About 11 million people hunt deer in the U.S. Of those, a third are baby boomers born between 1946 and 1964. My generation is passionate and has hunted like no other.

But we are getting old and gray. Studies show that on average people quit hunting at age 65. Climbing a tree or wrestling a 200-pound deer out of the woods is not as easy as it used to be.

By 2030, it is estimated that more than 1 million Boomers will have hung up their guns and bows. Wildlife officials are worried about reduced money for conservation programs. Much of the outdoor has media predicted doom and gloom for the future of hunting.

Then came COVID.

In a turn that nobody could have predicted, people flocked to guns and the outdoors like never before. Some 8 million folks who had never shot a gun before bought one along with enough bullets to cause the ongoing ammo shortage.

In 2020, many states saw a 5% to 10% surge in hunting license sales. Some people who used to hunt but quit bought a permit and went again; it was called “reactivation.”

An estimated 1 million to 3 million people who had never hunted before hit the woods last fall, most of them looking to shoot a deer.

In the most exciting development I’ve seen in decades, we have started to build a new, younger and more diverse and dynamic hunting demographic across America. The challenge is to retain these reactivated hunters and newbies and keep them engaged in 2021 and for the long run, so they’ll help to fund wildlife departments and manage state deer herds.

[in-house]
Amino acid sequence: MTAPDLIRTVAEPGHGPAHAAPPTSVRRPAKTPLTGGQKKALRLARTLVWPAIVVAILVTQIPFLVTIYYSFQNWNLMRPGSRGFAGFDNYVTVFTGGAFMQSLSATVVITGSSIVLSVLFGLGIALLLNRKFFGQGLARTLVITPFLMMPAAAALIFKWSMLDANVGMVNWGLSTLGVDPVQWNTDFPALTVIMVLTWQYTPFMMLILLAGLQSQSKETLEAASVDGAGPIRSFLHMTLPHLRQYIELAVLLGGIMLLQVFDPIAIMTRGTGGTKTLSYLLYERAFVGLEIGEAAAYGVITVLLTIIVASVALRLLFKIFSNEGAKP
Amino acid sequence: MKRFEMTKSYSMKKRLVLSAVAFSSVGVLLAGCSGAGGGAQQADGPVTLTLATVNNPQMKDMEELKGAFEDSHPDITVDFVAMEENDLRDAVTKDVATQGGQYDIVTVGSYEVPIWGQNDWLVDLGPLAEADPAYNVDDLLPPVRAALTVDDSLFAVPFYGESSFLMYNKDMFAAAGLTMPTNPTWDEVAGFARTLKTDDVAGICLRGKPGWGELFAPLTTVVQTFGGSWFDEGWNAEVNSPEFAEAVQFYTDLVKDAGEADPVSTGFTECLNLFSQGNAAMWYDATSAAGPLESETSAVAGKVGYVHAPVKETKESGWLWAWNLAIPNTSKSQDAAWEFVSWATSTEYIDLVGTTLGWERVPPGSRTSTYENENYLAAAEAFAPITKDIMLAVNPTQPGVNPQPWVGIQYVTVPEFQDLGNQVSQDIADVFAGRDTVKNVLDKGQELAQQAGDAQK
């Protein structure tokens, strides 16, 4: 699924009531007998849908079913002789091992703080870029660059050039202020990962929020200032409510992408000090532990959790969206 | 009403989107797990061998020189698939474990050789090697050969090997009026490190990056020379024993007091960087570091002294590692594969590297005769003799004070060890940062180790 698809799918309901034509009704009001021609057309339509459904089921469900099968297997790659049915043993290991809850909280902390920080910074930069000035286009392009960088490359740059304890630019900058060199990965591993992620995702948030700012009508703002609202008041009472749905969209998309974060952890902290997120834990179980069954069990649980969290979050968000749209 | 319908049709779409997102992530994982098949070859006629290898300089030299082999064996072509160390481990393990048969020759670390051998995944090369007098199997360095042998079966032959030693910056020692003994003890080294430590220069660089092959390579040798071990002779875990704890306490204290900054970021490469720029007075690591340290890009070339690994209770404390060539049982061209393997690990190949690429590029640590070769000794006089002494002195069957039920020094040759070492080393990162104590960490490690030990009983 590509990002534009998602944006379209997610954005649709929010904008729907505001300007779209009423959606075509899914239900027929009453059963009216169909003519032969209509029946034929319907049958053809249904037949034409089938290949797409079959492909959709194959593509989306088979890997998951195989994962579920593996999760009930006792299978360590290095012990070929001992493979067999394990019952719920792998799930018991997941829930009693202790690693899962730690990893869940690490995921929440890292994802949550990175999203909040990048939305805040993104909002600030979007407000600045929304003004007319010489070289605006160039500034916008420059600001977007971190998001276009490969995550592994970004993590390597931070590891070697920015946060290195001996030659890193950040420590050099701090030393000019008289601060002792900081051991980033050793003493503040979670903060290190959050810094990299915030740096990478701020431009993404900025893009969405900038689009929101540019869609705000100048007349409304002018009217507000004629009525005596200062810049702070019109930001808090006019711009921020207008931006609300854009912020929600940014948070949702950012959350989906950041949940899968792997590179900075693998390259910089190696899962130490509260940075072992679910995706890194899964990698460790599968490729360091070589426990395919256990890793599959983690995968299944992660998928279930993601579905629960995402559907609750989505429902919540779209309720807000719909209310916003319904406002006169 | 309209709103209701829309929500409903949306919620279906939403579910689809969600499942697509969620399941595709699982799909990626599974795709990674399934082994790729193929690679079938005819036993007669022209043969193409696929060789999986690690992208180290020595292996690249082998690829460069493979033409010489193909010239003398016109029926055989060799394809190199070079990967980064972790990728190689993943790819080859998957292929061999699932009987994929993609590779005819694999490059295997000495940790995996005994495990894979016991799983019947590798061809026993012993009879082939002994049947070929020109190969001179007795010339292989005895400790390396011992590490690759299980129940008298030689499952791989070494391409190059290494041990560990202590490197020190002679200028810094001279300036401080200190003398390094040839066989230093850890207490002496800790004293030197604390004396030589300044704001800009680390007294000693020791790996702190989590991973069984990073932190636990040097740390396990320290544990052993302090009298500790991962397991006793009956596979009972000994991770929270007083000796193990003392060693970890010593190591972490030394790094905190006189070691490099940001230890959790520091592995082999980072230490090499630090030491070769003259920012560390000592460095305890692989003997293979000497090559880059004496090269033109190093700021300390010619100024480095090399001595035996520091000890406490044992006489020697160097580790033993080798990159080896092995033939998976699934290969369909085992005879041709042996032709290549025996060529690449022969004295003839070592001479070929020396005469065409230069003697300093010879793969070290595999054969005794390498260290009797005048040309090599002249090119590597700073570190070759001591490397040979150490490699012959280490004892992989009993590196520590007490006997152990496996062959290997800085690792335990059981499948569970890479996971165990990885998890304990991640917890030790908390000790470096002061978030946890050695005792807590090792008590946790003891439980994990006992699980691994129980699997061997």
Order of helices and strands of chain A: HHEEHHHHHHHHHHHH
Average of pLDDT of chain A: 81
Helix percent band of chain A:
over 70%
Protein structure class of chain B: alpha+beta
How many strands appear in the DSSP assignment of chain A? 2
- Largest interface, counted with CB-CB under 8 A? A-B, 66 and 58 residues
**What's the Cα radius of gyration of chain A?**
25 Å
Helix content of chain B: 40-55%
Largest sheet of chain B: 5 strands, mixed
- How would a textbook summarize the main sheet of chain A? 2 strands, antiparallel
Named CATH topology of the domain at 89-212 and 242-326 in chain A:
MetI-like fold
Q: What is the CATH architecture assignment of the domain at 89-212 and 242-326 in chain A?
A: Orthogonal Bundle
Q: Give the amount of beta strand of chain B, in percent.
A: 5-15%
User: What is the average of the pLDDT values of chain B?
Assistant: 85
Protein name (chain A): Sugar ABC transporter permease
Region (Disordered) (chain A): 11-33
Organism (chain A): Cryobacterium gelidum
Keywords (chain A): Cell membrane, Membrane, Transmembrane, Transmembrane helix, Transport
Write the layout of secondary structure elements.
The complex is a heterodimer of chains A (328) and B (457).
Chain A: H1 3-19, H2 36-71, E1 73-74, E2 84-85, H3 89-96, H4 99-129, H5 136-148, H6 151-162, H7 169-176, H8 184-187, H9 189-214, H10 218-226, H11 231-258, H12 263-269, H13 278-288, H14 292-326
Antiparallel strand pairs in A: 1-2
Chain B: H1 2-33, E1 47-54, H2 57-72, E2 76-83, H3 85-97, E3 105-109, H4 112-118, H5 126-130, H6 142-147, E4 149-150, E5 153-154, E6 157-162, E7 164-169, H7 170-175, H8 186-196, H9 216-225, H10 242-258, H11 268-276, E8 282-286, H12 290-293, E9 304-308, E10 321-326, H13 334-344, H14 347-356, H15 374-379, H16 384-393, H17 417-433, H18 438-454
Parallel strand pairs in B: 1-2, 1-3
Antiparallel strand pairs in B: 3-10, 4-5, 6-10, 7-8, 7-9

Hank Forester, Director of Hunting Heritage for the National Deer Association, believes the effects of the pandemic will be long lasting on the human psyche, and that we’ve got a good shot at retaining many of the new hunters in the next decade.

“During the pandemic people saw empty shelves at the grocery store, especially on the meat isle, and the questions of self-reliance and issues with meat processing came to the forefront,” he says. “People won’t forget that.”

Forester also believes that the new and reactivated hunters truly enjoyed their time afield last fall. “All this aligns well with newer hunters who our data show to be focused on food and a connection with nature.”

With healthy venison and being outdoors as primary motivators of the new whitetail demographic, all bodes well for the next decade of deer hunting even as the Boomer retire.